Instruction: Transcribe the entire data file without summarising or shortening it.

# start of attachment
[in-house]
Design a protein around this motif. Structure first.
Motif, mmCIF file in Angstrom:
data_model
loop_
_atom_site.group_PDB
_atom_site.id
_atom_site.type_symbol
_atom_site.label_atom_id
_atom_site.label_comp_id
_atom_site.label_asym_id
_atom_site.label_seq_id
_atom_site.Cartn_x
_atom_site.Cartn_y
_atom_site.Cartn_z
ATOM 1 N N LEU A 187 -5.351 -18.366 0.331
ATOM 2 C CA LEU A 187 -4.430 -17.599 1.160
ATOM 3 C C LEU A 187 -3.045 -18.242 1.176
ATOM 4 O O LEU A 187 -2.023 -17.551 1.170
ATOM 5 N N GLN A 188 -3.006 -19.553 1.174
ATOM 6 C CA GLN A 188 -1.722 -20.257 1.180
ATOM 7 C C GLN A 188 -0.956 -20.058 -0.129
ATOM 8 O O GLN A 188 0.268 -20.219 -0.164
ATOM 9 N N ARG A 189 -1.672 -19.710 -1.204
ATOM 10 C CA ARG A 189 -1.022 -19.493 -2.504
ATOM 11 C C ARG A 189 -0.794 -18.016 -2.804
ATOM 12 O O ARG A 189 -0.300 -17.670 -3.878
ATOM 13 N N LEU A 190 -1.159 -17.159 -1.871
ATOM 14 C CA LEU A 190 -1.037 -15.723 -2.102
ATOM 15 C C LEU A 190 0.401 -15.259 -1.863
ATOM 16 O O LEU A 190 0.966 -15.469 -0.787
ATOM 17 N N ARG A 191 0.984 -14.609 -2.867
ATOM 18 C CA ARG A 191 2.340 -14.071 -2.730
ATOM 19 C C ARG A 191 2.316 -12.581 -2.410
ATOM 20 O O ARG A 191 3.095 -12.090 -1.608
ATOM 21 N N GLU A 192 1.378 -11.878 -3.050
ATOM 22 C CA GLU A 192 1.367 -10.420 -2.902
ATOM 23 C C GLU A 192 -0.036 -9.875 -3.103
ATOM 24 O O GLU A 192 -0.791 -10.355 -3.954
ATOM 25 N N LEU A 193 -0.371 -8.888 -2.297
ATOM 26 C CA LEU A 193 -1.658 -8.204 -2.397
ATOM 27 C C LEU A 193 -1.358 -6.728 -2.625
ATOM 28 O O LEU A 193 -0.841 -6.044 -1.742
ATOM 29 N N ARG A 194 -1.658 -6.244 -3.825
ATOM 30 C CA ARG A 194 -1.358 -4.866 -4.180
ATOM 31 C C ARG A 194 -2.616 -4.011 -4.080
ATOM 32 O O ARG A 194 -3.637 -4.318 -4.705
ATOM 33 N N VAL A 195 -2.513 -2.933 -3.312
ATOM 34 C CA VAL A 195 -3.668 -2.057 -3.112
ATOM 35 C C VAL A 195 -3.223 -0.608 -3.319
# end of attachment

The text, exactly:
[in-house]
Design a protein around this motif. Structure first.
Motif, mmCIF file in Angstrom:
data_model
loop_
_atom_site.group_PDB
_atom_site.id
_atom_site.type_symbol
_atom_site.label_atom_id
_atom_site.label_comp_id
_atom_site.label_asym_id
_atom_site.label_seq_id
_atom_site.Cartn_x
_atom_site.Cartn_y
_atom_site.Cartn_z
ATOM 1 N N LEU A 187 -5.351 -18.366 0.331
ATOM 2 C CA LEU A 187 -4.430 -17.599 1.160
ATOM 3 C C LEU A 187 -3.045 -18.242 1.176
ATOM 4 O O LEU A 187 -2.023 -17.551 1.170
ATOM 5 N N GLN A 188 -3.006 -19.553 1.174
ATOM 6 C CA GLN A 188 -1.722 -20.257 1.180
ATOM 7 C C GLN A 188 -0.956 -20.058 -0.129
ATOM 8 O O GLN A 188 0.268 -20.219 -0.164
ATOM 9 N N ARG A 189 -1.672 -19.710 -1.204
ATOM 10 C CA ARG A 189 -1.022 -19.493 -2.504
ATOM 11 C C ARG A 189 -0.794 -18.016 -2.804
ATOM 12 O O ARG A 189 -0.300 -17.670 -3.878
ATOM 13 N N LEU A 190 -1.159 -17.159 -1.871
ATOM 14 C CA LEU A 190 -1.037 -15.723 -2.102
ATOM 15 C C LEU A 190 0.401 -15.259 -1.863
ATOM 16 O O LEU A 190 0.966 -15.469 -0.787
ATOM 17 N N ARG A 191 0.984 -14.609 -2.867
ATOM 18 C CA ARG A 191 2.340 -14.071 -2.730
ATOM 19 C C ARG A 191 2.316 -12.581 -2.410
ATOM 20 O O ARG A 191 3.095 -12.090 -1.608
ATOM 21 N N GLU A 192 1.378 -11.878 -3.050
ATOM 22 C CA GLU A 192 1.367 -10.420 -2.902
ATOM 23 C C GLU A 192 -0.036 -9.875 -3.103
ATOM 24 O O GLU A 192 -0.791 -10.355 -3.954
ATOM 25 N N LEU A 193 -0.371 -8.888 -2.297
ATOM 26 C CA LEU A 193 -1.658 -8.204 -2.397
ATOM 27 C C LEU A 193 -1.358 -6.728 -2.625
ATOM 28 O O LEU A 193 -0.841 -6.044 -1.742
ATOM 29 N N ARG A 194 -1.658 -6.244 -3.825
ATOM 30 C CA ARG A 194 -1.358 -4.866 -4.180
ATOM 31 C C ARG A 194 -2.616 -4.011 -4.080
ATOM 32 O O ARG A 194 -3.637 -4.318 -4.705
ATOM 33 N N VAL A 195 -2.513 -2.933 -3.312
ATOM 34 C CA VAL A 195 -3.668 -2.057 -3.112
ATOM 35 C C VAL A 195 -3.223 -0.608 -3.319